Teeth-Grinding: Things You May Be Wondering, and What You Should Know
April 8th, 2022
What is teeth grinding?
Teeth-grinding consists of the clenching and grinding of teeth and is a common habit that you may already be doing subconsciously. However, most people are either unaware that they grind their teeth or are unsure of the consequences or solutions to teeth-grinding.
Is there a medical term for teeth grinding? Yes, it’s called Bruxism.
What is Bruxism?
Bruxism is the medical term for the occasional unconscious habit of grinding or clenching your teeth. Most commonly occurs during sleep (called sleep bruxism) but can also occur during the day (awake Bruxism) when you’re awake. Although scientists are unclear about the origin of Bruxism and how it comes about, there are symptoms and signs associated with this teeth- grinding that can reveal if treatment is required.
Teeth-grinding, especially night grinding, is tricky to put a finger on. It’s rather hard to tell if your night grinding yourself, making it hard to distinguish if you need retainers for when you sleep. Although this may be the case, there are common symptoms that result from semi-consistent teeth-grinding.
How to Know if you Teeth-grind: Common symptoms
- Increased tooth sensitivity.
- Bruised gums on inside of your cheek (teeth imprints where your gum meets your clenched teeth)
- Chipped or flattened teeth surface
- Worn tooth enamel
- Worked jaw muscles (usually after waking up)
- Damage to fillings
- Minor headaches starting in the temple area (side of the head between forehead and ear)
If you notice any reoccurring symptoms stated above, this is a good indicator that you night- grind. It is also common for your partner to be aware of your night-grinding, many people report that their partner can hear the sound of teeth grinding during sleep.
Stress and anxiety are also related to teeth grinding, both during the day and at night. Studies show that this relationship between stress and teeth-grinding is true but can also be caused by external factors. Therefore, being in a stressed state can result in night or daytime grinding, but this correlation is not fully explanatory. There can be other reasons and factors as to why this may be happening.
What to do:
What’s important to take away is realizing that you are teeth grinding and taking the precautions necessary to avoid further health complications. If you notice any of the symptoms stated above or suspect that you grind your teeth, notify your dentist in your next visit or book an appointment for this case.
Your dentist will examine your bite and alignment and recommend the proper treatment based on the severity of your case. In most cases, a custom night-guard is the best option. Your dentist will take a mold of your top set of teeth, then send it to the lab to get your custom mouthguard.
Other solutions to teeth-grinding can include stress-reducing activities, such as meditation and yoga (can differ from person to person), plus jaw exercises that can loosen up the facial muscles. Although these at-home techniques can help, a night-guard will address the problem more effectively. Experts recommend these techniques as a complementary treatment and not supplementary to a professional mouthguard.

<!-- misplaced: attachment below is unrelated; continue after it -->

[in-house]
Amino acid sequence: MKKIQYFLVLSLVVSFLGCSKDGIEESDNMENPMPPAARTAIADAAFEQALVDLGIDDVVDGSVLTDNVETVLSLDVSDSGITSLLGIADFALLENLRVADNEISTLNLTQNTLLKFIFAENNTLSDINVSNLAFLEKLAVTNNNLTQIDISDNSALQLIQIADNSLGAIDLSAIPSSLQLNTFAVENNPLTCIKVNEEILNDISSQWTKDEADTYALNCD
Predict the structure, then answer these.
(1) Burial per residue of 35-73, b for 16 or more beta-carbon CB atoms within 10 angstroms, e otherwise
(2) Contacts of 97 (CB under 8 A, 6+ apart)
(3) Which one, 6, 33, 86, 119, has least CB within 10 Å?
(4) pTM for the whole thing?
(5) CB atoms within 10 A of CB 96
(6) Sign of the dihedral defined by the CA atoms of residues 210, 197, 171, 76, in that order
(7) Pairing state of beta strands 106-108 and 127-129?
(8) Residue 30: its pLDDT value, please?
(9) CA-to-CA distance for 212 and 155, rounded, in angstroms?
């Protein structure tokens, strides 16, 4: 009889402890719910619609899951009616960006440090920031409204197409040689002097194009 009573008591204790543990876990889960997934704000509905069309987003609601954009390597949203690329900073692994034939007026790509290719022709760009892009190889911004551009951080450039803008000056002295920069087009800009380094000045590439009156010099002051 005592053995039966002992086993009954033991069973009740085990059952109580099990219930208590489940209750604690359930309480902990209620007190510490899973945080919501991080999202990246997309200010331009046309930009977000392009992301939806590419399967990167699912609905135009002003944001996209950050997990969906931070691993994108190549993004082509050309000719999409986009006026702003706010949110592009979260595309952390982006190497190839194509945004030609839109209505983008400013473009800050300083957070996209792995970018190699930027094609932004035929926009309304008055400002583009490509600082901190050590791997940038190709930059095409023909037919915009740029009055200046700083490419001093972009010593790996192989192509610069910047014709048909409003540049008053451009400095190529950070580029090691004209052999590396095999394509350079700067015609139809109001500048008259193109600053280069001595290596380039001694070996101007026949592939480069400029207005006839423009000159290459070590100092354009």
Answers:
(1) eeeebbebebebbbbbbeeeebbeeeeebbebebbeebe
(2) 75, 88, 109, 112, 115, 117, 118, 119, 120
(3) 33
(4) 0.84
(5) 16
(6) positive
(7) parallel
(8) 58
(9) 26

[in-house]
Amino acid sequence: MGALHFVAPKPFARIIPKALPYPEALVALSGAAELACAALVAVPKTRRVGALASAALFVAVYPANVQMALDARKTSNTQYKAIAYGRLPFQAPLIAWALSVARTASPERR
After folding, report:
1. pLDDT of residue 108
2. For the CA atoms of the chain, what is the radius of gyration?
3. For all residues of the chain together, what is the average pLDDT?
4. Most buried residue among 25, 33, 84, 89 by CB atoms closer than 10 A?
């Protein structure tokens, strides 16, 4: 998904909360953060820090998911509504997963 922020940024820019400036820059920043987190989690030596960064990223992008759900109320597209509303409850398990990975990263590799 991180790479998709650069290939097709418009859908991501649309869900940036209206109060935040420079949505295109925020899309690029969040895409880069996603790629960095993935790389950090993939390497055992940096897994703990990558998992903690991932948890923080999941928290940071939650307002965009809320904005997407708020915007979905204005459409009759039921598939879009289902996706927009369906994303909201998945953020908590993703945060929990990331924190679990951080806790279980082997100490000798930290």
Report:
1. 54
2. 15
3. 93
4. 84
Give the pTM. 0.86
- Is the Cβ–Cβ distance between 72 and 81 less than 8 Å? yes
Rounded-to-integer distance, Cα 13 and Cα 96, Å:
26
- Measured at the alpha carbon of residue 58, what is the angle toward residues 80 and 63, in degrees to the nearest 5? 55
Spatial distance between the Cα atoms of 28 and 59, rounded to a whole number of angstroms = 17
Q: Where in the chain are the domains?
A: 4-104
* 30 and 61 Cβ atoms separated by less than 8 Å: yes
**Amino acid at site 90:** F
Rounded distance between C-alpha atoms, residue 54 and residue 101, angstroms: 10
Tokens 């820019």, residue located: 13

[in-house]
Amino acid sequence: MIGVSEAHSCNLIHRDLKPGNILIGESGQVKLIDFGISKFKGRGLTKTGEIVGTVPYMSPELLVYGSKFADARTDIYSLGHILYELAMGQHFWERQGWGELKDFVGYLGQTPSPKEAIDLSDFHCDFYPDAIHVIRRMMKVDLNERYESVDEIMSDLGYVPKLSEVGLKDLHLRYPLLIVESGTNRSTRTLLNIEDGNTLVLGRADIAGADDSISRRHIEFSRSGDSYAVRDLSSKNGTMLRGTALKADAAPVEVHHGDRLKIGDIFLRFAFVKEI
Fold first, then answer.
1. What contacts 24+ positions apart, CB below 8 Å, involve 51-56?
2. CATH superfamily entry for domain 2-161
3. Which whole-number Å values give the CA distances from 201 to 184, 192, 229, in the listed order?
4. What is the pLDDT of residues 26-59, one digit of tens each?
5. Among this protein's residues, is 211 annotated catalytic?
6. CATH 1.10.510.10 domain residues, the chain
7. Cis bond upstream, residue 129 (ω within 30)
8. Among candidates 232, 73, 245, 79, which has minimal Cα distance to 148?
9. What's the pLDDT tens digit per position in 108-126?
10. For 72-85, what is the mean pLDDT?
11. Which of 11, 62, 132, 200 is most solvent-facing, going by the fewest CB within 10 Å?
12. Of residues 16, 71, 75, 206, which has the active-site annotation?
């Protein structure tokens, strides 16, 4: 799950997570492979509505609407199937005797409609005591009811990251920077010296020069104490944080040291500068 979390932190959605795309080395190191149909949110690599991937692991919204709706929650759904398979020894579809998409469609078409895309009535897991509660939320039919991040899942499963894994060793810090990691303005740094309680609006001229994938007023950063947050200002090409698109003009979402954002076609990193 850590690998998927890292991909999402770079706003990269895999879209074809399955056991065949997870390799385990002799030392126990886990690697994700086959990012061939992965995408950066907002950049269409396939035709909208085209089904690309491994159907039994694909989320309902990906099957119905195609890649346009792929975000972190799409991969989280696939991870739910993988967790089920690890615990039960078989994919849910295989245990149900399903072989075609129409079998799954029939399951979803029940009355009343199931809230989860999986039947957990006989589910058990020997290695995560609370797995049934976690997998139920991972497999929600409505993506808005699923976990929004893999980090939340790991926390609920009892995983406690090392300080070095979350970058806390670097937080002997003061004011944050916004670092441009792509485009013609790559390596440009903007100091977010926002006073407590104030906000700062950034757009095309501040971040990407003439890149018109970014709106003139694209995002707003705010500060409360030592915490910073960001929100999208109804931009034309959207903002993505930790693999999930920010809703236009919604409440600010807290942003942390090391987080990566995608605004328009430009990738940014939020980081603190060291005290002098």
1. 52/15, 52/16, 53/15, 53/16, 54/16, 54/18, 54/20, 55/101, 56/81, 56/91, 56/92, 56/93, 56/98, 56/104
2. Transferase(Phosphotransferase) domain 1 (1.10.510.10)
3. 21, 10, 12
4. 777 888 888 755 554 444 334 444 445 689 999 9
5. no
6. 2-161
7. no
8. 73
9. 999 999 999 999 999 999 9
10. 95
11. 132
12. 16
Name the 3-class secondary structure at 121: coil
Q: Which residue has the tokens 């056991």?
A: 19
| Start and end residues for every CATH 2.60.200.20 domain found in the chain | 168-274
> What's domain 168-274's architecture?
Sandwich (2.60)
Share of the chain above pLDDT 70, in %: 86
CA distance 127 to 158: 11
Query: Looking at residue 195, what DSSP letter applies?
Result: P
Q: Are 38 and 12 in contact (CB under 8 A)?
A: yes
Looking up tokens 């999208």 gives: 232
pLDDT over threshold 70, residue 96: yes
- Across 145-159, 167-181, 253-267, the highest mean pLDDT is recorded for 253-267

Mouthguard: Things to note
A custom mouthguard is a straightforward and effective way to treat Bruxism. The mouthguard sits snug on your top set of teeth, protecting it from tooth-to-tooth contact, preventing any damage to your teeth. Your dentist will recommend putting on your mouthguard ideally as much as possible.
Most importantly, wear it every night before you sleep for the duration of your sleep. In terms of pricing, although a custom mouthguard may not be the cheapest on the market compared to a generic sports mouthguard, they are accustomed to your jaw and teeth. Therefore, they will best suit you for longevity, quality and comfortableness.
It is essential to note that any dental equipment requires consistent cleaning to avoid bacteria growth. It is important to keep your mouthguard clean; brush it with a bit of liquid soap or toothpaste using a soft bristle brush right after you take it off in the morning. Brush it well, rinse and store in your mouthguard container. If your mouthguard container has no holes, keep it a tad open to allow air circulation for proper drying to minimize bacteria growth. Improper maintenance of the mouthguard can lead to bad breath or even infection.
It is also recommended to deep clean it once a month, using a mouthguard tablet cleaner. These cleaners can vary in instructions and methods, but most commonly consists of adding the tablet or powder to a glass of water, placing the mouthguard in the solution for 10 minutes, followed by rinsing and drying.
A mouthguard should last you 2-3 years before needing to change. This depends on the severity of your jaw clenching. If you notice a hole or crack in your mouthguard, notify your dentist and get a new one ordered!
Why should I worry about this?
Unfortunately, people have a common trait to treat an illness or health complication when it comes up, but not before it develops. With the case of teeth grinding, because it’s hard to identify by yourself, it is something that can easily be ignored until your dentist notices.
Occasional teeth grinding may not lead to any complications in the minor form. But, if you are consistently grinding your teeth out of habit, during the day, or even when you are asleep, you are bound to face complications. If not treated soon, you can develop headaches, jaw pain, damage to fillings or crowns, and potentially shave some height off your teeth. If you notice any symptoms stated above, contact your dentist. Something as easy to use and simple as a night-guard can save you future health complications and even save you money in the long run. Therefore, treating it early is very important.
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